Liberal Leader Kathleen Wynne tried to set the agenda for the Ontario election on its opening weekend by casting the campaign as a battle over her proposed pension plan and attempting to rope Prime Minister Stephen Harper into the fight.
"My value system is: We have a responsibility as government to allow people to have a secure retirement," Ms. Wynne said Sunday on the lawn of the legislature. "There is a stark difference between people who believe this is a good idea and those who don't."
Ms. Wynne's Ontario Retirement Pension Plan would be mandatory for most people without a workplace pension. Employees and businesses would both contribute, and it would roughly double current retirement benefits from the Canada Pension Plan.
Liberal insiders say the pension proposal has tested well in their market research. They are hoping to frame the election as a choice between Ms. Wynne's interventionist economic plans, including the ORPP, and Progressive Conservative Leader Tim Hudak's government-shrinking vision. The Grits badly want to avoid the vote becoming a referendum on their spending scandals.
Mr. Hudak, for his part, tried to define the campaign around his central message: that the province's growing deficit is driving jobs away and that only his policies to cut spending and trim regulations can spur growth.
"Our plan is for a smaller government and a bigger economy," he said on CFRB radio Sunday. "High taxes and big spending do not create jobs. We've chuckled before, that if high taxes created jobs, we'd all have two jobs by now."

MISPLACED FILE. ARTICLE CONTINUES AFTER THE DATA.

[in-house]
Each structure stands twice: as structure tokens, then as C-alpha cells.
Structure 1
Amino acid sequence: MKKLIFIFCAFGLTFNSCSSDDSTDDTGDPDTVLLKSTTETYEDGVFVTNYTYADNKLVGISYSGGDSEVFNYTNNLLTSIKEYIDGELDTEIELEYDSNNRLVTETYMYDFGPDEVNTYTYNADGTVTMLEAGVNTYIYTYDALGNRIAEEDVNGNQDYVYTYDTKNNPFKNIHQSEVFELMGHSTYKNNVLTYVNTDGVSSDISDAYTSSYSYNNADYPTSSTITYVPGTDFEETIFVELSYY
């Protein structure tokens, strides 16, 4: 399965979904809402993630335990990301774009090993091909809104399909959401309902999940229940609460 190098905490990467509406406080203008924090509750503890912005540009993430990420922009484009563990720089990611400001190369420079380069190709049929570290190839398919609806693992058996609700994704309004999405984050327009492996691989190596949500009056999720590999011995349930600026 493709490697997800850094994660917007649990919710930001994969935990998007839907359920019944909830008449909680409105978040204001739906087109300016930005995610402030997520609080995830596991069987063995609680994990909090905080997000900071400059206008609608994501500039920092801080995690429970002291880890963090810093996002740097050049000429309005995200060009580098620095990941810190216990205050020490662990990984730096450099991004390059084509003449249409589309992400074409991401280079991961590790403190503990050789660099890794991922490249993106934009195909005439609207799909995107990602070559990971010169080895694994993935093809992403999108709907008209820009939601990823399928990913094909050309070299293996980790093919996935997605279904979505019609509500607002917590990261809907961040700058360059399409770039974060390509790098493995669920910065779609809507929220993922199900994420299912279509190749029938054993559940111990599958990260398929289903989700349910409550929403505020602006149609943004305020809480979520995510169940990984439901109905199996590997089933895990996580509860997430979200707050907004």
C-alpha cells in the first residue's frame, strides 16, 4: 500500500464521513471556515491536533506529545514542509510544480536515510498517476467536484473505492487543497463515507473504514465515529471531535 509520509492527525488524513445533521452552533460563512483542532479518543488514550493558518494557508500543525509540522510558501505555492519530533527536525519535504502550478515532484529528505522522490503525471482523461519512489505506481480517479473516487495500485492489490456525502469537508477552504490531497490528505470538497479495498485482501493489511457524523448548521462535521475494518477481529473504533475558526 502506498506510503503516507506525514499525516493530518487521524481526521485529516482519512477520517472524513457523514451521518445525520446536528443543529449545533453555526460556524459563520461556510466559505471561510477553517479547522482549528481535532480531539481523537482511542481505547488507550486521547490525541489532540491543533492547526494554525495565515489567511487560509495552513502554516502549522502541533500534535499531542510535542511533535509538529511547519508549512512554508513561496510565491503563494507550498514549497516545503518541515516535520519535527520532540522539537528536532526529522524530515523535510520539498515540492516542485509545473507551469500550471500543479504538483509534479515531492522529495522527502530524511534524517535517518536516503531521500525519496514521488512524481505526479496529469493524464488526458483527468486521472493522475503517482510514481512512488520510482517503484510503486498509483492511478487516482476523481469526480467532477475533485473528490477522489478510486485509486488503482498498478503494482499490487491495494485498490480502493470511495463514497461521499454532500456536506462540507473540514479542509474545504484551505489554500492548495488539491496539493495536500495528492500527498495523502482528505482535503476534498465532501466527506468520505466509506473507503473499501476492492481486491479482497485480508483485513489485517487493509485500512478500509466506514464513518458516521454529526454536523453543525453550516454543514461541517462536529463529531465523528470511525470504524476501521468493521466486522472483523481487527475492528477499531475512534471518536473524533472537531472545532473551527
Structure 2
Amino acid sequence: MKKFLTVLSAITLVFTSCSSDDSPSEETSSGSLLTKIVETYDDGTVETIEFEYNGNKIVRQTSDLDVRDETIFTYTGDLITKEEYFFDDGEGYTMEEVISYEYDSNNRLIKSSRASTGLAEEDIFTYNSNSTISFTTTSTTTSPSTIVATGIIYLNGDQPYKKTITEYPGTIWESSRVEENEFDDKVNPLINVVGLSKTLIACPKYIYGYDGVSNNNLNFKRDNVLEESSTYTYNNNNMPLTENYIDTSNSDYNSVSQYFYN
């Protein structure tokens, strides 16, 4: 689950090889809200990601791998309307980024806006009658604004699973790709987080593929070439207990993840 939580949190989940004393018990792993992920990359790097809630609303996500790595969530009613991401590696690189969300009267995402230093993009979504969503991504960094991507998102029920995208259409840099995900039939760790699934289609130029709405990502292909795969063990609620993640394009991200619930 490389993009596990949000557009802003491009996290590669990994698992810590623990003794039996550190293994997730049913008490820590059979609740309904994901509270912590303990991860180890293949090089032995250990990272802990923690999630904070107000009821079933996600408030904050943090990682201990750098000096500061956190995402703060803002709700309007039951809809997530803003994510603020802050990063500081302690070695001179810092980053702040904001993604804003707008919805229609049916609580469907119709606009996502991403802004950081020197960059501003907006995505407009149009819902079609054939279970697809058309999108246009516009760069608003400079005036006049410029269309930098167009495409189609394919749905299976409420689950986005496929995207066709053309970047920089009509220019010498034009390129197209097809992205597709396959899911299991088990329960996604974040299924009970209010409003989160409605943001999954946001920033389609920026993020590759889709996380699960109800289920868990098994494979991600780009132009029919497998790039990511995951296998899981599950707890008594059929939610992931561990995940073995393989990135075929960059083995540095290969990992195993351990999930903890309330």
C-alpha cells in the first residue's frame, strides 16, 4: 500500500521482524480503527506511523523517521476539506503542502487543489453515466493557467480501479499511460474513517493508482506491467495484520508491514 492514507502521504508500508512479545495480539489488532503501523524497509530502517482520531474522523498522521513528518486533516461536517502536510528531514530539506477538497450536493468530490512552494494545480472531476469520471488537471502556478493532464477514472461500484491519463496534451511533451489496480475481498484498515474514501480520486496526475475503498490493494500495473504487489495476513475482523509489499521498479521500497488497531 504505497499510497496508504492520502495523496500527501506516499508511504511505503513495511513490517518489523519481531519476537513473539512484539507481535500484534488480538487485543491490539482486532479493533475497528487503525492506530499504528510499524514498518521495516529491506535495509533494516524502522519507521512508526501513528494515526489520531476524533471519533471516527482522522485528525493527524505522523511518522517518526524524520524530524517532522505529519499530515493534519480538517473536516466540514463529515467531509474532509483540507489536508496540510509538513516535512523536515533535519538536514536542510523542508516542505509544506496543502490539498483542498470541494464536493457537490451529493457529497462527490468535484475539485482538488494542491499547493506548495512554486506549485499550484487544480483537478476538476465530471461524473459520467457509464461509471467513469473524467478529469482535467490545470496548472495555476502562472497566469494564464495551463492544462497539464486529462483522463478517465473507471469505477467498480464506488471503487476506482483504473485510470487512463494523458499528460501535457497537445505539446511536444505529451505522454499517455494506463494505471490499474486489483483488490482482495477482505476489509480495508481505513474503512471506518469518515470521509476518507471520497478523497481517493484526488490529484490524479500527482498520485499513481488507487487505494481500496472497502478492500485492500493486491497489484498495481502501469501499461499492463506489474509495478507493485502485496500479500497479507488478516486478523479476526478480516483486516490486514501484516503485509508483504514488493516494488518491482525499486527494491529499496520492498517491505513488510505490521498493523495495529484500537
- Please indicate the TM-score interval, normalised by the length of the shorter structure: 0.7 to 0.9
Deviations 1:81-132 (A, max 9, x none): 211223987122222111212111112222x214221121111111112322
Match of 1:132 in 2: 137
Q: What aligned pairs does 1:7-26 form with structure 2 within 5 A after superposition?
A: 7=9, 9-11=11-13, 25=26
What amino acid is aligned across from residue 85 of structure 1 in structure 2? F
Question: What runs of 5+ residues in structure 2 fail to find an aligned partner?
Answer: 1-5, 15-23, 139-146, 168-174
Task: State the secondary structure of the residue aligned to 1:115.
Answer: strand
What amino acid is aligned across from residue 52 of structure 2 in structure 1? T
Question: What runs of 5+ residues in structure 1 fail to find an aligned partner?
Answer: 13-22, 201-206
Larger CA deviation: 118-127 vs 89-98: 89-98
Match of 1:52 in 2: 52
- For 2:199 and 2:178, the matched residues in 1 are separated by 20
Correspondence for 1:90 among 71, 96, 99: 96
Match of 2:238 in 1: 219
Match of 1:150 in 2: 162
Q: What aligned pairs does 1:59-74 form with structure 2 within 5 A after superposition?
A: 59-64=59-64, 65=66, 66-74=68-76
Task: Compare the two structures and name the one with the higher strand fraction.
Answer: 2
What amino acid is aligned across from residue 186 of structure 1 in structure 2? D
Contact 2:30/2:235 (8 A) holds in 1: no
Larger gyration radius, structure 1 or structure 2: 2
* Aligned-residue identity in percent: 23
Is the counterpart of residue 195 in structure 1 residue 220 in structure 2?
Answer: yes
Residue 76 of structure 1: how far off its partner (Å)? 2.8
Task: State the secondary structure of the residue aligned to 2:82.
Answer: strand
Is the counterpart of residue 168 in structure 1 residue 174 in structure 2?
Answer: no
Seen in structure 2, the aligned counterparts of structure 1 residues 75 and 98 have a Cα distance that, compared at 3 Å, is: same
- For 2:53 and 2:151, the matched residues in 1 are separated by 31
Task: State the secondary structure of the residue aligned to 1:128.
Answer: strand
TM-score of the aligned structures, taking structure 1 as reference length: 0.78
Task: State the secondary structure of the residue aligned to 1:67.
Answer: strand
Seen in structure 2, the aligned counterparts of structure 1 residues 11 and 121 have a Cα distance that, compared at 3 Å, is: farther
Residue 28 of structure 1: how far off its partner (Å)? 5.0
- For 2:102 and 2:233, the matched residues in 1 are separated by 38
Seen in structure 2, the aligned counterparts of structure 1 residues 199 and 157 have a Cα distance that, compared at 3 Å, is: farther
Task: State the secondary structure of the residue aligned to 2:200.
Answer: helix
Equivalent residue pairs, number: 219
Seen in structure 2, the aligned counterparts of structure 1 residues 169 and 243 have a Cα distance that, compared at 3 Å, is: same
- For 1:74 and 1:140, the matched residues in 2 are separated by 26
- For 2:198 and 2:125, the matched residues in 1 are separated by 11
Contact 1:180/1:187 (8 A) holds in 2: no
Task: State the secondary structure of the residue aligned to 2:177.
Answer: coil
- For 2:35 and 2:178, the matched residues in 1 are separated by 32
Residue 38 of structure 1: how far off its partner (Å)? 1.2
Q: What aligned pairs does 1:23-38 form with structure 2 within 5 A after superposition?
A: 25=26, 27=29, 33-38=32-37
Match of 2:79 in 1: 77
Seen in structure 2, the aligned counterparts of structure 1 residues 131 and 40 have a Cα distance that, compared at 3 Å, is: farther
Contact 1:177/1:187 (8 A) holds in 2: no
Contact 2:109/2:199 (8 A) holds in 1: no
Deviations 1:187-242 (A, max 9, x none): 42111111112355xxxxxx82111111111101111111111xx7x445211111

Meanwhile, the NDP is starting the campaign with a focus on straightforward pocketbook issues, including cheaper electricity rates.
Mr. Harper's government is against the ORPP, contending that obliging companies to pay into it at a time of economic uncertainty would lead to job losses.
Ms. Wynne took square aim at the Prime Minister throughout the weekend, telling him to "get out of Ontario's way" in a rally at a Toronto nightclub Friday, and pressing the attack in a radio interview Saturday and a scrum with reporters Sunday.
Mr. Harper appears to be determined to stay above the fray.
"The Prime Minister has been consistent in his approach to provincial elections; they are for the voters of the province to decide and we'll work with the government they elect," his spokesman, Jason MacDonald, wrote in an e-mail.
In a conference call with reporters, Conservative campaign manager Ian Robertson said Mr. Hudak will run a less rigid campaign than in years past, eschewing the traditional leader's bus in order to hit more events. The party will also spend more money than any other party in the province's history on online advertising, he said.
And Mr. Robertson pledged to fight a campaign of ideas.
"We're not going to rely on card tricks and balloon animals and glossy photo ops to get us through like the other two leaders will," he said. "They're going to treat this like they're running for high-school president."
New Democrat Leader Andrea Horwath joined Ms. Wynne in bashing Mr. Harper on the pension issue, describing Ottawa's decision last fall not to expand CPP as "a failure to have vision." But she would not say whether she supports the Liberals' pension proposal, or what sort of pension policy she favours.
"What we want to do is see people in this province be able to retire with dignity and security of income," she said in an interview. "There's lots of ways to get there but we certainly do want to see that it's something we've acknowledged for many years."
Ms. Horwath made one of her first campaign stops in Scarborough-Rouge River, a battleground riding in Toronto's working-class inner suburbs, where her party is hoping for a breakthrough.
"This is a community that suffers from real concerns around jobs, real concerns around the affordability of everyday life, real concerns around transportation needs," she said. "We're in this campaign to win."